Luke tells us much about the Holy Spirit. Although Acts contains only 13 percent of the words of the New Testament, it contains 23 percent of the occurrences of the word “Spirit.” In the book of Acts, the Holy Spirit is active — speaking and directing the work; the Spirit is the power by which the apostles testified that Jesus is the Christ (Acts 1:8).
While Luke tells the story of the spread of the Christian gospel from Jerusalem to Rome, he is also able to achieve some additional purposes. A major theological goal is to explain why Christianity was becoming more Gentile than Jewish. Luke stresses the connection that Christianity has with Jews and with the Old Testament, and explains how God and the risen Jesus directed that the message extend to all nations, as the Old Testament had predicted. Jesus fulfills the hopes and needs of Gentiles as well as of Jews.
Luke seems to have a political objective, too — to show that Christianity was not a threat to the Roman government. Although riots sometimes broke out when the gospel was preached, Luke notes that the problems were caused by Jews or Gentiles, not the Christian preachers. Christianity was rooted in Judaism, which was a legal religion. Roman officials repeatedly find Paul innocent of wrong-doing, and they allow the gospel to continue to be preached.
Luke also defends Paul against accusations that he was preaching against Judaism. Although Gentile believers did not have to “must be circumcised and required to keep the law of Moses” (Acts 15:5), Paul did not teach Jews to abandon their traditions. He participated in Jewish rituals both in Ephesus and in Jerusalem. Luke shows us that Paul had been forced to preach to Gentiles — Jesus miraculously called him and commissioned him; the Antioch church sent him out; the apostle Peter preached to Gentiles before Paul did; Paul preached to Jews first and to Gentiles only after Jews rejected the gospel.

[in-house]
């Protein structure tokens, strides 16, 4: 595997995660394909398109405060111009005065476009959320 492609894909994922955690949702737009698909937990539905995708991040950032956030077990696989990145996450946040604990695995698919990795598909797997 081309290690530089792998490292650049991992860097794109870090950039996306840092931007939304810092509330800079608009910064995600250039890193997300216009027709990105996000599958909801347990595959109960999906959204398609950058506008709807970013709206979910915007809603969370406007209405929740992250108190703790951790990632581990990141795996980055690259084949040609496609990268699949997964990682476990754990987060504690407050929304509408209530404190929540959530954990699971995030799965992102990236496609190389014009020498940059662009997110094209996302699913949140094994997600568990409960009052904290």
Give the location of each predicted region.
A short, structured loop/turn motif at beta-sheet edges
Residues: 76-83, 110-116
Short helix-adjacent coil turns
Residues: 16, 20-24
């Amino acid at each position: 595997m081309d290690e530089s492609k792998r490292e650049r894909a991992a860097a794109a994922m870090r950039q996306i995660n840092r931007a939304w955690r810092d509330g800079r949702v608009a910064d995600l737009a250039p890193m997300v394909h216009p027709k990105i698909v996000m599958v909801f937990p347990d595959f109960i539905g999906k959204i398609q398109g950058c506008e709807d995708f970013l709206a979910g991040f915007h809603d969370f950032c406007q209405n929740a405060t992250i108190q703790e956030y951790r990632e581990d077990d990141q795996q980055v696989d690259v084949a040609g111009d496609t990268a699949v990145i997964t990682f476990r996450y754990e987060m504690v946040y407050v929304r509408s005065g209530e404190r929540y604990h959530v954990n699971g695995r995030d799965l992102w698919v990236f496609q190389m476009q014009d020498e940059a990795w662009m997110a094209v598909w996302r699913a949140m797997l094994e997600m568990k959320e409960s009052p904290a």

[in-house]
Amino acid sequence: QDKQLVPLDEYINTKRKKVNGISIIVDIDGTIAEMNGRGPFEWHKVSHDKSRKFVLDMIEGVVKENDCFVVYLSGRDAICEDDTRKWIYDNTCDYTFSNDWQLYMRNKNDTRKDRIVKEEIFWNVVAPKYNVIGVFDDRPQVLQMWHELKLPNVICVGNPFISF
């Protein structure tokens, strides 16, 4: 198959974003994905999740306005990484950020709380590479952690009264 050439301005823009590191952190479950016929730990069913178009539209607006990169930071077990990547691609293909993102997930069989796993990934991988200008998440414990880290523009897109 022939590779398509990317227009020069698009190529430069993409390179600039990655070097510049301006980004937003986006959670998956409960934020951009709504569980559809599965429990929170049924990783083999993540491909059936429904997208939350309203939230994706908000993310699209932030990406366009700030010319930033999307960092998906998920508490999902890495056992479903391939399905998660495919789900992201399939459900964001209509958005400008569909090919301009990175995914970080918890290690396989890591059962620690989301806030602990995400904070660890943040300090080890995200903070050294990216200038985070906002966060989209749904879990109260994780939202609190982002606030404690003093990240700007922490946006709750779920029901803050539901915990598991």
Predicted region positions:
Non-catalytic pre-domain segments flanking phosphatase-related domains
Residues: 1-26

In practical matters of Christian life, Luke emphasizes repentance, faith, baptism and forgiveness of sins. He emphasizes that the Holy Spirit gives believers courage to faithfully witness to Jesus Christ in the face of persecution. He also stresses prayer — asking God for help, and thanking him for his deliverance.
What this book means for you
Acts has both history and faith. Historically, the book serves as a vital link between the Gospels and the epistles. It bridges the gap between the Jesus of history and the Christ of faith. In the Gospels, Jesus is preaching; in the epistles, Jesus is being preached. The book of Acts explains how the messenger became the center of the message.
This is particularly important when we read the epistles of Paul, because, without the book of Acts, we would not know who Paul was or how he entered the picture or what motivated him to preach to Gentiles or why he wrote to such far-flung regions.
Luke’s picture of Paul is not in perfect agreement with Paul’s self-description. Luke describes Paul as a bold orator; Paul sometimes describes himself as a poor speaker. Both writers have more important purposes than merely to focus on a personal description. Both writers can be correct. Although some scholars emphasize the differences and claim that Luke’s account is wrong, other scholars explain differences as literary matters without rejecting the accuracy of either writer.
Luke gives us glimpses into the personalities of Peter, John and James, who wrote other New Testament books. He shows us the remarkable transformation that the Holy Spirit produced in Peter, who went from denying Jesus three times to boldly defying the Jewish leaders and telling them to their faces that he would continue to preach about Jesus. The sudden boldness of the apostles is testimony that God raised Jesus from the dead and gave these fishermen dramatic conviction and power.